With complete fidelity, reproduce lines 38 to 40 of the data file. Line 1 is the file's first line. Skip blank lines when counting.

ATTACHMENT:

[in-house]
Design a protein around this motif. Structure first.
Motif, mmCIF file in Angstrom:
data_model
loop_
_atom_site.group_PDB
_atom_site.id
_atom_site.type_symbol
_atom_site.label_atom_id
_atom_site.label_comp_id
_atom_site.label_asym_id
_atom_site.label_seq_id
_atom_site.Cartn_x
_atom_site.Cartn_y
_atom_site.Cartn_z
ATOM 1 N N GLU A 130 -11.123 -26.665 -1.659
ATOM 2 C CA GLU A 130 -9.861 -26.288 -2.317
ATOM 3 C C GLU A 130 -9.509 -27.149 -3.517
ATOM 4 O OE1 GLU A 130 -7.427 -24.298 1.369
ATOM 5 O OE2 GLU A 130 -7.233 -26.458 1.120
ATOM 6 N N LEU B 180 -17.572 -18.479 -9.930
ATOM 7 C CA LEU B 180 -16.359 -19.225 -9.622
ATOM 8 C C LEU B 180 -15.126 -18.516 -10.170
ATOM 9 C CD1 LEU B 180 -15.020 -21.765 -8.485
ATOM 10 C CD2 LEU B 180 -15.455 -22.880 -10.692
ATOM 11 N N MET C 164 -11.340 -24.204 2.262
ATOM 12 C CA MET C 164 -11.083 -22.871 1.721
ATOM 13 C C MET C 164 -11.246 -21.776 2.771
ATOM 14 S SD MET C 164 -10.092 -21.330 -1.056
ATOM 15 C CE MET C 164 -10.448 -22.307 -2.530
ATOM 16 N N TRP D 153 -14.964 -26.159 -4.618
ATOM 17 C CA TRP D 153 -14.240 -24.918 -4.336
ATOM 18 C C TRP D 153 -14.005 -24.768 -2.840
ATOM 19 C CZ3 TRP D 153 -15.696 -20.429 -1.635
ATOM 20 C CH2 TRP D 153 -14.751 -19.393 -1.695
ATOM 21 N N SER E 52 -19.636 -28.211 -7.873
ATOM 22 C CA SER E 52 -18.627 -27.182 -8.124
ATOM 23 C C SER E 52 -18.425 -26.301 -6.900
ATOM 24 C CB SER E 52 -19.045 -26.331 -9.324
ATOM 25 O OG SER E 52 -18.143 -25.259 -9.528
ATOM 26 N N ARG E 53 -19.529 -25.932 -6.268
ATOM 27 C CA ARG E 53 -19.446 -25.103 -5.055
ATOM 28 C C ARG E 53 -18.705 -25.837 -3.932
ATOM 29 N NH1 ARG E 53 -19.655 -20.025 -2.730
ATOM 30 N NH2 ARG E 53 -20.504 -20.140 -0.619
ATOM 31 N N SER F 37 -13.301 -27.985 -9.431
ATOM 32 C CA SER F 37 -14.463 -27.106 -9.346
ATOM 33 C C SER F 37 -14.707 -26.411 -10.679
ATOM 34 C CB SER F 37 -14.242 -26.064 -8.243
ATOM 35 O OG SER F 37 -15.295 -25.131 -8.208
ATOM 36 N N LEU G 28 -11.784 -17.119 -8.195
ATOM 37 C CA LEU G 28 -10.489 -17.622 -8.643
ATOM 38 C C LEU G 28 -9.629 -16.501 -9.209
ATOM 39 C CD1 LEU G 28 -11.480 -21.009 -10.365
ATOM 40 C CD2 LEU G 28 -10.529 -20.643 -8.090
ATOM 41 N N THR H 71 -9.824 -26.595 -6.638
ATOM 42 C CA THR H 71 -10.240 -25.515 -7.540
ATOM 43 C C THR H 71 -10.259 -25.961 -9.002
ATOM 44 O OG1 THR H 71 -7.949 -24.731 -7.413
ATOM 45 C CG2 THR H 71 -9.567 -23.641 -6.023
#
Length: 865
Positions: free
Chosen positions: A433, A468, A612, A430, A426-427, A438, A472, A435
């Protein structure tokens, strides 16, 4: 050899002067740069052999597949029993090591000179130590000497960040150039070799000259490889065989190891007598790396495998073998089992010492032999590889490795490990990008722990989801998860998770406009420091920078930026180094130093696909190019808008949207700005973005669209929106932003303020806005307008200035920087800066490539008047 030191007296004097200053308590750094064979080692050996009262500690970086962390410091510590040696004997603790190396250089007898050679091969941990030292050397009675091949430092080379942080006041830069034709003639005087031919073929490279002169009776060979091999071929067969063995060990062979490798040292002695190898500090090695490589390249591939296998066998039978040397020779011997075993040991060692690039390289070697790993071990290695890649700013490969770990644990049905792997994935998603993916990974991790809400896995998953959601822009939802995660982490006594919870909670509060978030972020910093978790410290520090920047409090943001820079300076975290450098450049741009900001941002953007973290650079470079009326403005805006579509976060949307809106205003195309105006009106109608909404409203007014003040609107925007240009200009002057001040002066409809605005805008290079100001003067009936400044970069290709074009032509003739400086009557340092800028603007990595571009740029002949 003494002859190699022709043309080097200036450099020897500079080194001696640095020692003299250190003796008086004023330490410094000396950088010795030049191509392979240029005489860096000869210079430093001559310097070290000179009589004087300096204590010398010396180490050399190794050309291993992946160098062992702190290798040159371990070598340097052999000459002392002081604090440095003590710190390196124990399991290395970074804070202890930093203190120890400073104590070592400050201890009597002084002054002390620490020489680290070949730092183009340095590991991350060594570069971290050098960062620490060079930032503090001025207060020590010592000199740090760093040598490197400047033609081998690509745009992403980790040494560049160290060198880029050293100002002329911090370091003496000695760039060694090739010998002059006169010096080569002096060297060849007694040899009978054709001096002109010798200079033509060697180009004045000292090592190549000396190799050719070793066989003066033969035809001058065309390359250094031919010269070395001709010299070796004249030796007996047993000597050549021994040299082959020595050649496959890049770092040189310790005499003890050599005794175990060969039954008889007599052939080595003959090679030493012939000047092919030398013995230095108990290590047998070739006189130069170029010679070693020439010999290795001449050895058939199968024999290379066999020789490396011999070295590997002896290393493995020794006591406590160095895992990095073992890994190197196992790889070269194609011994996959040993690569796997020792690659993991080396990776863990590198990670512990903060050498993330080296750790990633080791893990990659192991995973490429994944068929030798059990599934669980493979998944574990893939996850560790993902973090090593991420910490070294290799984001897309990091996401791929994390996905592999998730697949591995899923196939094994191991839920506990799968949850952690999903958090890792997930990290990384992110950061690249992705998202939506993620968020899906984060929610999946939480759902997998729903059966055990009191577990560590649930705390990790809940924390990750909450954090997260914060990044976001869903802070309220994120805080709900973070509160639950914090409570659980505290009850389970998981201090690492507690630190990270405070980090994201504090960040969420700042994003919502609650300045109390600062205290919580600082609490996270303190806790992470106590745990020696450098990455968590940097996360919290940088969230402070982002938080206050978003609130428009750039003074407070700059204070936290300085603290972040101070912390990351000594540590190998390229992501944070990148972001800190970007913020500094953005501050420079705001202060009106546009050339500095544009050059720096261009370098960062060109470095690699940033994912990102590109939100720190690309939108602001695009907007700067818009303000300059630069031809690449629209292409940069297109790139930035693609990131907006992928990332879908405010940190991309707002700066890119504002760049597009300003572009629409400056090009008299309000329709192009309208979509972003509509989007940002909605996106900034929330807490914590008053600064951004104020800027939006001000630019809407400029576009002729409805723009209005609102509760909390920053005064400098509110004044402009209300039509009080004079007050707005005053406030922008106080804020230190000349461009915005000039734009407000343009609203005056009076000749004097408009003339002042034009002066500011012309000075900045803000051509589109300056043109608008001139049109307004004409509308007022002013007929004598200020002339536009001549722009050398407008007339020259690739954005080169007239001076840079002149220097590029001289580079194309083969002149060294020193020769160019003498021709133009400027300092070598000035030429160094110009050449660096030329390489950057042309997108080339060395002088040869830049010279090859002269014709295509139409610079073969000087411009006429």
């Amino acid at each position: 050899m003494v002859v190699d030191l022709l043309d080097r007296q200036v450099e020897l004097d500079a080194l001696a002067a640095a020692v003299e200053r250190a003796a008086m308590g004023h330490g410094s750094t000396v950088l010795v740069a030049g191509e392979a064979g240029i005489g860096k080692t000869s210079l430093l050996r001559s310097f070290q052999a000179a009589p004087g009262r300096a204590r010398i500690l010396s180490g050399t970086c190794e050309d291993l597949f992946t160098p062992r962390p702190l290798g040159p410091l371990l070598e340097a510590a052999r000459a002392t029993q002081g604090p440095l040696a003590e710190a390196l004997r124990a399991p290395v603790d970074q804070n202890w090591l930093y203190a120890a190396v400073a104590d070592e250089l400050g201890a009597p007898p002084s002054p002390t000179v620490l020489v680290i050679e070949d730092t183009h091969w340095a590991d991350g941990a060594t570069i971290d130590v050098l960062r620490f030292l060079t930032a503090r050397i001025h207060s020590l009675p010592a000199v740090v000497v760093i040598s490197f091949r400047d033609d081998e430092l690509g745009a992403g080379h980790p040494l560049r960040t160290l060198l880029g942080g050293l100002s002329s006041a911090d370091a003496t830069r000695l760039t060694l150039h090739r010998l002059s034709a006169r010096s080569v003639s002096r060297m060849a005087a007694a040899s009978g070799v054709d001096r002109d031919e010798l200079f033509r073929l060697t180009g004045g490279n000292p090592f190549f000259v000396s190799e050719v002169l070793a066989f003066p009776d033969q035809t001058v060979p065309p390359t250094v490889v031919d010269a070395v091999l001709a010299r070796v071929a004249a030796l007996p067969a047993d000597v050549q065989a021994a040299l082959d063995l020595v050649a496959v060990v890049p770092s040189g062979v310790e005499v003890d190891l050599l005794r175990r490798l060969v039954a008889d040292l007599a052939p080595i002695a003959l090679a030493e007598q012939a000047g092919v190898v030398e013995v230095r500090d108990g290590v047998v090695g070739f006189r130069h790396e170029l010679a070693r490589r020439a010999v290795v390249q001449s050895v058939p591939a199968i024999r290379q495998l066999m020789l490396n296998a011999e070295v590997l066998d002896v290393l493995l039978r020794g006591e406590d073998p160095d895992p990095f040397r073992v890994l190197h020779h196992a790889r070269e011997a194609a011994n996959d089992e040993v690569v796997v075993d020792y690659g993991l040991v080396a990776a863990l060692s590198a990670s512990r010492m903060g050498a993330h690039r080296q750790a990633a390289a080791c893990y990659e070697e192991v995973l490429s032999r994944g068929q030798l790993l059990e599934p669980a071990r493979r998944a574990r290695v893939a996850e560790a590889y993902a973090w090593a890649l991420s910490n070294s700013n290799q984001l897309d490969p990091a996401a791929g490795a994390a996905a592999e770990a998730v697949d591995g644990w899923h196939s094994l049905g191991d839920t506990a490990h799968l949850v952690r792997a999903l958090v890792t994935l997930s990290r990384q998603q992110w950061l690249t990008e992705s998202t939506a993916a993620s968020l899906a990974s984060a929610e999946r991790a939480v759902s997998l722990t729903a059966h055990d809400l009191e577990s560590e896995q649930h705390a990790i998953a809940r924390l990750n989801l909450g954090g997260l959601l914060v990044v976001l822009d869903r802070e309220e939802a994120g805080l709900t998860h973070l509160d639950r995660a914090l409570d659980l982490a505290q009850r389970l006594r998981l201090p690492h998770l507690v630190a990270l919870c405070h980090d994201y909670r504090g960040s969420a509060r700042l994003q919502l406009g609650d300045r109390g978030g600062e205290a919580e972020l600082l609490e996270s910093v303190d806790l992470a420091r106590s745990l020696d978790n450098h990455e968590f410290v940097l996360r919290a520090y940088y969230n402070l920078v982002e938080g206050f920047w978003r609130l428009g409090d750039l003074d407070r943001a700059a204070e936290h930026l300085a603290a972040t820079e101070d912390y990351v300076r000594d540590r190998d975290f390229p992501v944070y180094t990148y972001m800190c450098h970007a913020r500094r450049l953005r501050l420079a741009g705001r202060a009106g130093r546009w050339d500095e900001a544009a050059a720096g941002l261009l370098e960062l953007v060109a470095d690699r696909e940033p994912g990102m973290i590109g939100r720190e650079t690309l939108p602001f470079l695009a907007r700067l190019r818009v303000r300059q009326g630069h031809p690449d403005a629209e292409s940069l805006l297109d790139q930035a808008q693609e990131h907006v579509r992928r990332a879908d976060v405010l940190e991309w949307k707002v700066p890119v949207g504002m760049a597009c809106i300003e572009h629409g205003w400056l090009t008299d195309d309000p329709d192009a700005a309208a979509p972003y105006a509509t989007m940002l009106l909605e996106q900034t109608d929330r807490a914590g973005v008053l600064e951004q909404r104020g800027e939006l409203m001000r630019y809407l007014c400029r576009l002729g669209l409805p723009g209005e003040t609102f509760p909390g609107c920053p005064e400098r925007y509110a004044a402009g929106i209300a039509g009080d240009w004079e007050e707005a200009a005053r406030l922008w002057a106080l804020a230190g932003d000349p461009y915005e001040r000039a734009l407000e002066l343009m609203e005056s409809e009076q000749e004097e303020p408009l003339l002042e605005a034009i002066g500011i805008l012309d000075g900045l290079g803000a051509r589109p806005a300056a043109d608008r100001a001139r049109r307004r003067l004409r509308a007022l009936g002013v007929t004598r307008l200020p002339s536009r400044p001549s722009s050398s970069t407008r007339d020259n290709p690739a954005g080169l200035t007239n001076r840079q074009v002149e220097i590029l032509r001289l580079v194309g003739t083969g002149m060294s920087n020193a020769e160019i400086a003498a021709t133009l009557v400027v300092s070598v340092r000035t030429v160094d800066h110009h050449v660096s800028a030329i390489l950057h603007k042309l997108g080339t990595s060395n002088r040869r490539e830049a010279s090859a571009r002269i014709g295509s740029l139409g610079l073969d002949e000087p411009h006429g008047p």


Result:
ATOM 23 C C SER E 52 -18.425 -26.301 -6.900
ATOM 24 C CB SER E 52 -19.045 -26.331 -9.324
ATOM 25 O OG SER E 52 -18.143 -25.259 -9.528